Putting relationship selling into practice
While having the right underlying skills is helpful, your team will only get the best results if they’re put to use throughout the sales process. The following steps will help your reps act on those skills and build stronger customer relationships.
1. Know yourself
When dating, it helps to have an honest understanding of what you bring to the table and what you’re looking for in a potential partner. Likewise, when selling, your reps should already know their (and their product’s) strengths and weaknesses, as well as their sales objectives and goals.
2. Identify the right prospects
The next step is to create a list of prospects that are a good match and are compatible with your reps and their objectives. As powerful as relationship selling is, it takes effort, so it’s important to focus that effort on those prospects that are most likely to convert.
Rather than chasing prospects that don’t match the target profile, look out for those who are similar to your best customers, then qualify them to confirm that they’re worth pursuing.
3. Use active listening
A key part of the relationship is understanding your prospects and their requirements. Although your reps should have done some research before reaching out, they mustn’t assume they know everything about the prospects and the challenges they’re facing. The easiest way to find out is by actively listening to what they have to say.
LinkedIn’s 2020 survey of sales professionals found that active listening is the skill buyers prize most in salespeople. Rather than being distracted by their phone or preparing what they’re going to say next, encourage your sales team to take the time to listen fully to what the prospect says. If they don’t completely understand what they hear, let them know it’s okay to ask questions and clarify what they’ve just said.
Oscar Trimboli, author and host of the Deep Listening podcast Deep, explains there are five levels of listening—the first of which is listening to yourself. If you’re still replaying your last sales call in your head, you’re not going to be able to effectively listen to what the prospect is saying. Only once you’ve cleared that noise will your reps be able to listen to what the prospect has to say (and, perhaps more importantly, what they’re not saying).
4. Adopt a win-win approach
Sales shouldn’t be a zero-sum game wherein the salesperson is the winner and the buyer is the loser. Part of developing a long-lasting relationship is identifying and delivering a win-win result, for both you and your prospect. This is where the principles of honesty and authenticity come in. If it doesn’t look like the prospect will benefit from your product, it’s not going to be a rewarding relationship.
Spend some time analyzing your customers’ competitors. This may not seem like the best use of resources if you’re trying to secure the ‘win’ for just yourself, but changing your attitude to help your client also win will pay off.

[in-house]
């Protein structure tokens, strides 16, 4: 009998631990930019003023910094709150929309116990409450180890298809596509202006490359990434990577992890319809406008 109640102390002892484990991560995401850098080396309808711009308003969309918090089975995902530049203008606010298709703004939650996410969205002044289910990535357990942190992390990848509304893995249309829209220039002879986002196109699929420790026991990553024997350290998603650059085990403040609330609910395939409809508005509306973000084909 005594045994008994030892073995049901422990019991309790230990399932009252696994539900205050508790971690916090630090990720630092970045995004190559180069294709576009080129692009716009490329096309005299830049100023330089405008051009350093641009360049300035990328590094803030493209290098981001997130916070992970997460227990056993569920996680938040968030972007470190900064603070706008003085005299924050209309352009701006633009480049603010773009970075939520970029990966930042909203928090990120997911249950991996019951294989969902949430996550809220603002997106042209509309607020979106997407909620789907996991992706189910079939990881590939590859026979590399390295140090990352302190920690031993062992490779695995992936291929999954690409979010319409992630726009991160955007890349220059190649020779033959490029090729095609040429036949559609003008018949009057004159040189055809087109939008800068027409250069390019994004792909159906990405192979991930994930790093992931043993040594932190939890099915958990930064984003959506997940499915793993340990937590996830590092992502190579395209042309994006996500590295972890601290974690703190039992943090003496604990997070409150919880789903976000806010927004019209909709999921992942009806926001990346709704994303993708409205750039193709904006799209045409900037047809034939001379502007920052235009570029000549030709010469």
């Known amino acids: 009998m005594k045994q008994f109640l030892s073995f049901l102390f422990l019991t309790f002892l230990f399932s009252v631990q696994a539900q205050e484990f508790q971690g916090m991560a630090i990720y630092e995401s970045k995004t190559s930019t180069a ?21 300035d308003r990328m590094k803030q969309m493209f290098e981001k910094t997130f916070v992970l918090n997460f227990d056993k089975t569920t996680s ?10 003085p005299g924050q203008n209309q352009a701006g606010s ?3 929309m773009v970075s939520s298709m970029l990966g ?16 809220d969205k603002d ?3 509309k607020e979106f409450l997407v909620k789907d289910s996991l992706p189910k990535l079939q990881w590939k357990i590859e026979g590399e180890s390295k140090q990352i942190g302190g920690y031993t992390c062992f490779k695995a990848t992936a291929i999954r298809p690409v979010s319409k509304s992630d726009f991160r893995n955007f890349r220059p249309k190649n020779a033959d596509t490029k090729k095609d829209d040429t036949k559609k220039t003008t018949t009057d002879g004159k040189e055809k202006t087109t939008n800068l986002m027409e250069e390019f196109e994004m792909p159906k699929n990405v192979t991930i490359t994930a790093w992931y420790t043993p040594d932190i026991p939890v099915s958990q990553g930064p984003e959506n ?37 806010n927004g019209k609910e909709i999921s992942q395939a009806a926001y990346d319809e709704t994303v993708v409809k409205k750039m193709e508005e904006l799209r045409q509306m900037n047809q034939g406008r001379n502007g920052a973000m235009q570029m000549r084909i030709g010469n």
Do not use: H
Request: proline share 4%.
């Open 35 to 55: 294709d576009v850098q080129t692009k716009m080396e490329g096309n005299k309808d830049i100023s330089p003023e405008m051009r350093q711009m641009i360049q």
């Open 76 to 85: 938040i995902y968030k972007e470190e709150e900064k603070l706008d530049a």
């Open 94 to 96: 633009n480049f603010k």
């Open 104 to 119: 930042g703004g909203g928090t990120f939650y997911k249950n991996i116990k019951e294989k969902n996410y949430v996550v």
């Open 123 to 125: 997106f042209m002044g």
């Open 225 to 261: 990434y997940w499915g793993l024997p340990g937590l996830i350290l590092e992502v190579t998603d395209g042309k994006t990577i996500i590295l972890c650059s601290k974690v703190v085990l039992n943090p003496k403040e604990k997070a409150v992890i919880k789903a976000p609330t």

This long-term approach requires patience: if the product isn’t right for them now, that doesn’t mean it won’t be in the future. By keeping in touch with potential prospects, such as with a drip email campaign, you’ll be top-of-mind when the time is right.
5. Add exceptional value
Teach your reps to look for opportunities to exceed expectations and create value, without expecting anything in return. While this might sound like hard work, the good news is that, if you’ve followed the previous steps, this will be a lot easier. Knowing your prospects and their needs makes it easier to provide genuine and relevant value.
By following this consistently, your reps will soon earn the role of trusted advisor and can provide even more value. David Butter, of Andrew Sobel Advisors, explains why filling the role of trusted advisor is so beneficial:
“Clients in this fast-moving world are desperately seeking people they can have insightful conversations with—rather than receive presentations and me-too recommendations from—people who can be a sounding board, people who can sit at the table and listen, ask insightful questions, and offer independent strategic advice.”
In return, salespeople who can provide that extra service are more likely to win a lifetime customer and become a go-to provider without having to constantly compete on price.
6. Provide ongoing support post-sale
Once your rep has made the sale, that shouldn’t mean that the value (and the relationship) should come to an end.
Nordstrom is renowned for its exceptional customer service; on one occasion, they famously allowed a customer to ‘return’ a set of tires that he hadn’t even bought from them. While this may not make any sense on paper, the fact the story has been so widely spread shows the value of outstanding customer service as a differentiator and has led to many more customer relationships.
More companies are now going beyond customer support and have established customer success teams. These teams are dedicated to helping current customers get the most out of the product. For example, to ensure a cohesive experience for their customers, Falcon.io uses the details from their CRM and pipeline management software to outline each customer’s specific success criteria, based on their journey from lead to customer.
This aligns the company’s sales and customer success teams, and enables closer customer relationships, as reps have a better understanding of their customers’ needs and can map out their ongoing relationship.
By prioritizing their relationships with prospects and customers, salespeople can have a better understanding of their needs, offer more value and build trust. This involves adopting a long-term view and putting the customer’s interests ahead of the sale.
With a foundation based on the solid principles that relationship selling refers to and a sales process that supports strong relationships, your team will have a significant advantage over your competitors.